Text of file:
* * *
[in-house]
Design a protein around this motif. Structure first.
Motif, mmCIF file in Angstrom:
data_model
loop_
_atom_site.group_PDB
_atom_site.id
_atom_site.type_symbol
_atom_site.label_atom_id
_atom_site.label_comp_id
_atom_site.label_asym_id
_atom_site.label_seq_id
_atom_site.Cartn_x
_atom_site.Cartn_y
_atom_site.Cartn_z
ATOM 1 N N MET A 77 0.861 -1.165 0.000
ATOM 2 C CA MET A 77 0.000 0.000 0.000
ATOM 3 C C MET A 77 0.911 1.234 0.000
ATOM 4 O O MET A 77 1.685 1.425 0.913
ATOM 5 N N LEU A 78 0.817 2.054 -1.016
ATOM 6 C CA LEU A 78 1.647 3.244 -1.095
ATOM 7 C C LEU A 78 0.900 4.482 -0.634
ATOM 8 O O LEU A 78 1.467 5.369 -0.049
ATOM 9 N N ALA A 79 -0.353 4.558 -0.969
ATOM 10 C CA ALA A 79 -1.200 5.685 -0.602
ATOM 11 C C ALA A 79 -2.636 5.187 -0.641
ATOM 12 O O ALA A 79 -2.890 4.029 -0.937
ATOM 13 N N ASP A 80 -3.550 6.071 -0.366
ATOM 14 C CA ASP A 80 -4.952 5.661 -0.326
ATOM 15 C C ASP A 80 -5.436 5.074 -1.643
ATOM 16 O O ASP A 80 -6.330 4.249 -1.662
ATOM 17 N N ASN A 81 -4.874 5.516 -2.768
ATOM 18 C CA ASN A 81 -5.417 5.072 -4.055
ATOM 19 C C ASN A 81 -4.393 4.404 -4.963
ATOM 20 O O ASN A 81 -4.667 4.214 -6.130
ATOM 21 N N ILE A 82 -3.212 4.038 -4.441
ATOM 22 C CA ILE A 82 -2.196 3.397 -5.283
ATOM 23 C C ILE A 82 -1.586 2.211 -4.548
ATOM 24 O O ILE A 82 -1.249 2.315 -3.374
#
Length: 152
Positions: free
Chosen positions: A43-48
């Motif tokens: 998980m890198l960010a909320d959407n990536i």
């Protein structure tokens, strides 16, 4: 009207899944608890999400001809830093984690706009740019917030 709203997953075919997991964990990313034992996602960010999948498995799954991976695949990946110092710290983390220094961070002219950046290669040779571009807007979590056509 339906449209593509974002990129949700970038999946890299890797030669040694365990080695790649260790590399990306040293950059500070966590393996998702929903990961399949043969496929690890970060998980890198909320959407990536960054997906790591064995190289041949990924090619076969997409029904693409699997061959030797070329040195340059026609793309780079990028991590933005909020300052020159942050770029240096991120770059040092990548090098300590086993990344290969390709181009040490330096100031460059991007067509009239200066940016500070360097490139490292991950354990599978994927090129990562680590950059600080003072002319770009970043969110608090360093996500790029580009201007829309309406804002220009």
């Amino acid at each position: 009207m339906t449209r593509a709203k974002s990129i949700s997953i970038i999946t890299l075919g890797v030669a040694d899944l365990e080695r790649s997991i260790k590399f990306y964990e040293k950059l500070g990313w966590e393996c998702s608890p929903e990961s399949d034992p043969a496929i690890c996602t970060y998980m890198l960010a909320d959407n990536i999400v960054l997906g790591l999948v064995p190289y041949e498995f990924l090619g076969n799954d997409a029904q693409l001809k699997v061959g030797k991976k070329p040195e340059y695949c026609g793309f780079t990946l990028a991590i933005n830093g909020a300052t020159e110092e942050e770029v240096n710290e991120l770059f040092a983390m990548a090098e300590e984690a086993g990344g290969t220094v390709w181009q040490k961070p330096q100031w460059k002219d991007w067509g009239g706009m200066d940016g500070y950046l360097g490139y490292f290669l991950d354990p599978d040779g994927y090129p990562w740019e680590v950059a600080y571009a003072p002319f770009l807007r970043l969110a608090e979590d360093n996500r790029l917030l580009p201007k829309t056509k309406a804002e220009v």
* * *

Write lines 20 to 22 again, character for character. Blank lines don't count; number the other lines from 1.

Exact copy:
ATOM 5 N N LEU A 78 0.817 2.054 -1.016
ATOM 6 C CA LEU A 78 1.647 3.244 -1.095
ATOM 7 C C LEU A 78 0.900 4.482 -0.634